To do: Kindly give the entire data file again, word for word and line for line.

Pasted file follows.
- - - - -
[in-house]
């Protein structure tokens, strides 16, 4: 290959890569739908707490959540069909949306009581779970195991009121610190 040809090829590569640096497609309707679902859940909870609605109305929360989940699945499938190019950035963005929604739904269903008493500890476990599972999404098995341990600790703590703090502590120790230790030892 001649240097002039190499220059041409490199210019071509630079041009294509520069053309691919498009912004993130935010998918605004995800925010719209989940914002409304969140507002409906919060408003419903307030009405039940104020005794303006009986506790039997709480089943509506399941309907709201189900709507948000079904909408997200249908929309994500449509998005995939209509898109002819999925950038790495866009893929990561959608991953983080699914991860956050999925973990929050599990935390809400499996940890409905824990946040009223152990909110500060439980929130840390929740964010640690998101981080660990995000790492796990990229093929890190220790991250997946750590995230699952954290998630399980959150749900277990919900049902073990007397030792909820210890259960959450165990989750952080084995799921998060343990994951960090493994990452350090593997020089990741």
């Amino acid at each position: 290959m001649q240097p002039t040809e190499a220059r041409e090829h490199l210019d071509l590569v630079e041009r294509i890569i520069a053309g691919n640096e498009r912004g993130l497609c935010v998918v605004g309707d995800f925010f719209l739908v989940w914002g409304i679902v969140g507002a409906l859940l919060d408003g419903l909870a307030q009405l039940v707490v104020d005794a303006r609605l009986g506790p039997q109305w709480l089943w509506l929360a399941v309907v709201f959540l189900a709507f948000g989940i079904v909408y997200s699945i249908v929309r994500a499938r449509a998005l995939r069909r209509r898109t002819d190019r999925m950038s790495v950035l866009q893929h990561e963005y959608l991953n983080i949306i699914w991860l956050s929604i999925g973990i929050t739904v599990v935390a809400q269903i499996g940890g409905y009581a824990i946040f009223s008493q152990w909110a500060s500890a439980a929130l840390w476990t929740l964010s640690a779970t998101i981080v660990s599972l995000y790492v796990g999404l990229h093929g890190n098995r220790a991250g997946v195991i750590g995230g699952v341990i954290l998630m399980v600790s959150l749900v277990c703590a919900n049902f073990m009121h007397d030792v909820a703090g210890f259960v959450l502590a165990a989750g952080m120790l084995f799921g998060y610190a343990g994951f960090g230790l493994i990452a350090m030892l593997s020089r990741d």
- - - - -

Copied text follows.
[in-house]
């Protein structure tokens, strides 16, 4: 290959890569739908707490959540069909949306009581779970195991009121610190 040809090829590569640096497609309707679902859940909870609605109305929360989940699945499938190019950035963005929604739904269903008493500890476990599972999404098995341990600790703590703090502590120790230790030892 001649240097002039190499220059041409490199210019071509630079041009294509520069053309691919498009912004993130935010998918605004995800925010719209989940914002409304969140507002409906919060408003419903307030009405039940104020005794303006009986506790039997709480089943509506399941309907709201189900709507948000079904909408997200249908929309994500449509998005995939209509898109002819999925950038790495866009893929990561959608991953983080699914991860956050999925973990929050599990935390809400499996940890409905824990946040009223152990909110500060439980929130840390929740964010640690998101981080660990995000790492796990990229093929890190220790991250997946750590995230699952954290998630399980959150749900277990919900049902073990007397030792909820210890259960959450165990989750952080084995799921998060343990994951960090493994990452350090593997020089990741």
């Amino acid at each position: 290959m001649q240097p002039t040809e190499a220059r041409e090829h490199l210019d071509l590569v630079e041009r294509i890569i520069a053309g691919n640096e498009r912004g993130l497609c935010v998918v605004g309707d995800f925010f719209l739908v989940w914002g409304i679902v969140g507002a409906l859940l919060d408003g419903l909870a307030q009405l039940v707490v104020d005794a303006r609605l009986g506790p039997q109305w709480l089943w509506l929360a399941v309907v709201f959540l189900a709507f948000g989940i079904v909408y997200s699945i249908v929309r994500a499938r449509a998005l995939r069909r209509r898109t002819d190019r999925m950038s790495v950035l866009q893929h990561e963005y959608l991953n983080i949306i699914w991860l956050s929604i999925g973990i929050t739904v599990v935390a809400q269903i499996g940890g409905y009581a824990i946040f009223s008493q152990w909110a500060s500890a439980a929130l840390w476990t929740l964010s640690a779970t998101i981080v660990s599972l995000y790492v796990g999404l990229h093929g890190n098995r220790a991250g997946v195991i750590g995230g699952v341990i954290l998630m399980v600790s959150l749900v277990c703590a919900n049902f073990m009121h007397d030792v909820a703090g210890f259960v959450l502590a165990a989750g952080m120790l084995f799921g998060y610190a343990g994951f960090g230790l493994i990452a350090m030892l593997s020089r990741d």